Its heart-shaped leaves with a silvery sheen and contrasting veins are unpalatable to deer. Sporting blue or white flowers in spring, the foliage of newer cultivars such as Silver Heart, Sea Heart or Jack Frost shine throughout the growing season.
Pink Shade Garden Plants
Walters Gardens Inc.
- Perennial: Astilbe, bleeding heart, fern-leaf bleeding heart, foxglove, Geranium cinereum ‘Ballerina’, hellebore, winter cyclamen
- Annual: Begonias, fuchsia, torenia
Red Shade Garden Plants
- Perennial: Astilbe, eastern and western red columbines, fire pink
- Annual: Fuchsia, begonias
Here are the top 10 red flowers that attract hummingbirds.
Yellow Shade Garden Plants
- Perennial: Lamium Hermann’s Pride, kirengeshoma, ligularia, wood poppy, woodland sunflower, yellow corydalis
- Annual: Monkeyflower, tuberous begonia
Discover the top 10 classic yellow flowers to grow.
Green Shade Garden Plants
- Perennial: Hellebore
- Annual: Nicotiana langsdorfii
Blue and Purple Shade Garden Plants
- Perennial: Blue wood aster, brunnera, Brookside hardy geranium, Jacob’s ladder, liriope, lungwort, monkshood, Phlox divaricata, Phlox stolonifera, Rocky Mountain columbine, Scilla siberica, toad lilies, Virginia bluebells
- Annual: Browallia, Summer Wave torenia
Psst—we found beautiful blue flowers and purple flowering plants for every garden.
White Shade Garden Plants
- Perennial: Astilbe, bear’s-breeches, Biokovo hardy geranium, hellebore, White Nancy lamium, lily-of-the-valley, snowdrops, tiarella, white wood aster
- Annual: Fuchsia, woodland tobacco (Nicotiana sylvestris)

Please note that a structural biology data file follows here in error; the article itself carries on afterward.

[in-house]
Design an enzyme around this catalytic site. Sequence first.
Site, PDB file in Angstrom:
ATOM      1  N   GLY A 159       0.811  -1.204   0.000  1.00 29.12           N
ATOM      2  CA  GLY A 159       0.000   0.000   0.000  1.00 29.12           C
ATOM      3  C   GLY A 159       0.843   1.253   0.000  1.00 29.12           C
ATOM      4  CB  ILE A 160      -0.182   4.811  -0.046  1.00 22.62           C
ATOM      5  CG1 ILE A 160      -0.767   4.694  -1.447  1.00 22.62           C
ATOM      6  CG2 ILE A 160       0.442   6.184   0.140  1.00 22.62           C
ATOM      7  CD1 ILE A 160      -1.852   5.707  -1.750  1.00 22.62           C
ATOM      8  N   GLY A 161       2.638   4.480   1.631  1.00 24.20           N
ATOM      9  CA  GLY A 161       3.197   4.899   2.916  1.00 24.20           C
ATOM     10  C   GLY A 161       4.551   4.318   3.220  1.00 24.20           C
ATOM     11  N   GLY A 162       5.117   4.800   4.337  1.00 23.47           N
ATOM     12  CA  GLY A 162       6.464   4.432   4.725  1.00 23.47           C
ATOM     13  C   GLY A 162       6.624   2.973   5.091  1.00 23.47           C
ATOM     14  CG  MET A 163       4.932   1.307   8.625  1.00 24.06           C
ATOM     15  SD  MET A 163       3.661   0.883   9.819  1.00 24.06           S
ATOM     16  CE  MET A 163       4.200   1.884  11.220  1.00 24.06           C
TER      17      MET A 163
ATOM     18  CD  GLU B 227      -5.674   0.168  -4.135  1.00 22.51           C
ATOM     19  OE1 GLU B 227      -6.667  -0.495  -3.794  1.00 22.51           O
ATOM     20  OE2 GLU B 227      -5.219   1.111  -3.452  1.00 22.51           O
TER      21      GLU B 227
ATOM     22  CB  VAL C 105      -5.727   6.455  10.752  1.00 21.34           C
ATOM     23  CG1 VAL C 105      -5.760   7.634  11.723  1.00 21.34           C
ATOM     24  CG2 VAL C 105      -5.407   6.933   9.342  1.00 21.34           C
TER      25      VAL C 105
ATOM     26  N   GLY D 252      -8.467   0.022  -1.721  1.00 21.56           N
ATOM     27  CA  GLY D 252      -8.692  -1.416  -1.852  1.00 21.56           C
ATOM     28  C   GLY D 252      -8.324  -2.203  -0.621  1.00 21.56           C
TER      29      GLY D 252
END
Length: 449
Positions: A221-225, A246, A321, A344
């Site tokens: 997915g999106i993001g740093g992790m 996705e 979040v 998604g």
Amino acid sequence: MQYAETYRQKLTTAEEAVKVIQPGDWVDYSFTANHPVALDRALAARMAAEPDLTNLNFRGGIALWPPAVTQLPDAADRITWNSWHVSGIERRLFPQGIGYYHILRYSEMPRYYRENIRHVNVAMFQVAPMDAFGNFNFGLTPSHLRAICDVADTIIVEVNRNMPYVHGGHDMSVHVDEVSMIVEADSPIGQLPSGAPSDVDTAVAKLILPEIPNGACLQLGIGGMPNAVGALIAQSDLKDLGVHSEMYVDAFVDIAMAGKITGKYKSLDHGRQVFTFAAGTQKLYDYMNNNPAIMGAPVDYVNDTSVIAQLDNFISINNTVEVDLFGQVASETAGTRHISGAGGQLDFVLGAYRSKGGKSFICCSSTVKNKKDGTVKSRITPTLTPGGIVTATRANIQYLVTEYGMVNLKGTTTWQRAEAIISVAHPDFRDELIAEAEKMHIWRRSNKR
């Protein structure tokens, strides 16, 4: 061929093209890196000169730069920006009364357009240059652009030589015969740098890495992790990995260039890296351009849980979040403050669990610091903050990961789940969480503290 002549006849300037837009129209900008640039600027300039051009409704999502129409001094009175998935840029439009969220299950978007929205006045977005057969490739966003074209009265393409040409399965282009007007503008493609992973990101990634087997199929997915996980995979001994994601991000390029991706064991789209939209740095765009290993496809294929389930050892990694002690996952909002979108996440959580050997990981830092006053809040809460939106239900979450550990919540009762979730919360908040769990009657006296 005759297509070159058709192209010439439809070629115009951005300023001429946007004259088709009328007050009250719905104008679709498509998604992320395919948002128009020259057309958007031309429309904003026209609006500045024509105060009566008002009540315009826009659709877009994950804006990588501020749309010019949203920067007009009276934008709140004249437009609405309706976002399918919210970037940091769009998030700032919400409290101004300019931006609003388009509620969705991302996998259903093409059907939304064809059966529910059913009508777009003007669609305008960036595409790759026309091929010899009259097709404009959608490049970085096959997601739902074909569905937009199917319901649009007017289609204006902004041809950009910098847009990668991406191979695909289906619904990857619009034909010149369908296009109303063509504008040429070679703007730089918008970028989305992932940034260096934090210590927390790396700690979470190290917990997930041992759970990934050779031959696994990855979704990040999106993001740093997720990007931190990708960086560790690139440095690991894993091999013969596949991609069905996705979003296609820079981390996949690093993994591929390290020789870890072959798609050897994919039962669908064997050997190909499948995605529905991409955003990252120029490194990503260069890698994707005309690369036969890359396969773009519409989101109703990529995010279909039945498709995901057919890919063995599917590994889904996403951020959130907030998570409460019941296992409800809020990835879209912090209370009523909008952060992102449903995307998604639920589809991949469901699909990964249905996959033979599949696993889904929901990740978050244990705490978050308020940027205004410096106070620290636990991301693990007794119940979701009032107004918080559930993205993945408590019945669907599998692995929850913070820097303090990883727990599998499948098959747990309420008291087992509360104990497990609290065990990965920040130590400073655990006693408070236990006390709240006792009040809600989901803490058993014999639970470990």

Check out 15 beautiful white flowering shrubs.
Create a Calming Shade Garden Design
It’s easy to get carried away and come home with one of everything. But instead of throwing them all together, give your fancy shade garden plants room to shine beside quieter companions. Remember that serenity is one of the best things about a shade garden. Keep that peaceful feeling by separating different kinds of variegated plants with plainer companions so the leaves aren’t fighting each other for the spotlight. Use dark-colored plants, such as Osiris Café Noir ligularia, Hillside Black Beauty actaea or Chocoholic cimicifuga to create “shadows” between your bright-colored beauties so your eyes have a resting place.
Playing with color is the new trend for gardening with full shade plants. Free your fuchsias from the hanging basket and partner them with smoldering red coleus for close-up hummingbird watching. Spice up summer with copper plant (Acalypha wilkesiana), Dragon Wings begonia, pink polka-dot plant and red fuchsias.